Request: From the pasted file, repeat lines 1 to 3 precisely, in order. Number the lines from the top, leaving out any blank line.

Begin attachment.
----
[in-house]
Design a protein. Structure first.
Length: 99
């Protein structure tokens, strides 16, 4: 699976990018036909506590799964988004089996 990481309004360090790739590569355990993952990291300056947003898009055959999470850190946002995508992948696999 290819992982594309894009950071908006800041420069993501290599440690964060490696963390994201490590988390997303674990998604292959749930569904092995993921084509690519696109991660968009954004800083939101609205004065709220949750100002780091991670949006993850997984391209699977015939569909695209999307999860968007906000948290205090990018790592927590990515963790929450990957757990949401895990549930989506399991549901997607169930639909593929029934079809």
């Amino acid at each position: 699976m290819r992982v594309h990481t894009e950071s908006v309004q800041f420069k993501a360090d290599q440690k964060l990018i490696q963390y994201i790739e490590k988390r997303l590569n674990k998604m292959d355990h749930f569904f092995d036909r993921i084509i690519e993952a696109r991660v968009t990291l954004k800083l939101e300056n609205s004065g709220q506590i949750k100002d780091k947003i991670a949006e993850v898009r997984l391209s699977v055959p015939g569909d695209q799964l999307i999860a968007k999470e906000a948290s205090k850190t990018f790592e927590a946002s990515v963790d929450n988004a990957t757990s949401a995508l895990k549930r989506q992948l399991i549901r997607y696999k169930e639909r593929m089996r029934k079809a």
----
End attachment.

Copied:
[in-house]
Design a protein. Structure first.
Length: 99